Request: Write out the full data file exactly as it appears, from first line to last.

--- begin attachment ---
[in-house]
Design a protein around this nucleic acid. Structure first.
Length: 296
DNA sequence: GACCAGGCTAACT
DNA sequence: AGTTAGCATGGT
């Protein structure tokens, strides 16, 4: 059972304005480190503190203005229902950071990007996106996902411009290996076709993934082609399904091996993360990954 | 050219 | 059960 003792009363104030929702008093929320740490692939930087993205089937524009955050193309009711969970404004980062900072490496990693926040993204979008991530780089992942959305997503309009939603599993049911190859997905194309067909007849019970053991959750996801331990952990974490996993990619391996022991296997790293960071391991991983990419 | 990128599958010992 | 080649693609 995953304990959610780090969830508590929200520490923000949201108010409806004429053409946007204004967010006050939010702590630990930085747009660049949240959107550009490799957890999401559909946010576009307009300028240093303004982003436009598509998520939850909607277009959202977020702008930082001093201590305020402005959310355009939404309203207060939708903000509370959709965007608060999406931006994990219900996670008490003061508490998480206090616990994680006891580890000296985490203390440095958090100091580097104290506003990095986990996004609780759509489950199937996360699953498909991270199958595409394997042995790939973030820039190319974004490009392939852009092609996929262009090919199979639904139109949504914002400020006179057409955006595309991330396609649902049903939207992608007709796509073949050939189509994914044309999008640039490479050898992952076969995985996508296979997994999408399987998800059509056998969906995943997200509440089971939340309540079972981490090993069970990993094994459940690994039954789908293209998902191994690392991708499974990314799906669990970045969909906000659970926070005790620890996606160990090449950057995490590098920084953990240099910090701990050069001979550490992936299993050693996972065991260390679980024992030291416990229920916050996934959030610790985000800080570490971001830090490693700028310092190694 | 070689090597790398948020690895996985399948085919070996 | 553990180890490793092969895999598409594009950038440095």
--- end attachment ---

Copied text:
[in-house]
Design a protein around this nucleic acid. Structure first.
Length: 296
DNA sequence: GACCAGGCTAACT
DNA sequence: AGTTAGCATGGT
């Protein structure tokens, strides 16, 4: 059972304005480190503190203005229902950071990007996106996902411009290996076709993934082609399904091996993360990954 | 050219 | 059960 003792009363104030929702008093929320740490692939930087993205089937524009955050193309009711969970404004980062900072490496990693926040993204979008991530780089992942959305997503309009939603599993049911190859997905194309067909007849019970053991959750996801331990952990974490996993990619391996022991296997790293960071391991991983990419 | 990128599958010992 | 080649693609 995953304990959610780090969830508590929200520490923000949201108010409806004429053409946007204004967010006050939010702590630990930085747009660049949240959107550009490799957890999401559909946010576009307009300028240093303004982003436009598509998520939850909607277009959202977020702008930082001093201590305020402005959310355009939404309203207060939708903000509370959709965007608060999406931006994990219900996670008490003061508490998480206090616990994680006891580890000296985490203390440095958090100091580097104290506003990095986990996004609780759509489950199937996360699953498909991270199958595409394997042995790939973030820039190319974004490009392939852009092609996929262009090919199979639904139109949504914002400020006179057409955006595309991330396609649902049903939207992608007709796509073949050939189509994914044309999008640039490479050898992952076969995985996508296979997994999408399987998800059509056998969906995943997200509440089971939340309540079972981490090993069970990993094994459940690994039954789908293209998902191994690392991708499974990314799906669990970045969909906000659970926070005790620890996606160990090449950057995490590098920084953990240099910090701990050069001979550490992936299993050693996972065991260390679980024992030291416990229920916050996934959030610790985000800080570490971001830090490693700028310092190694 | 070689090597790398948020690895996985399948085919070996 | 553990180890490793092969895999598409594009950038440095």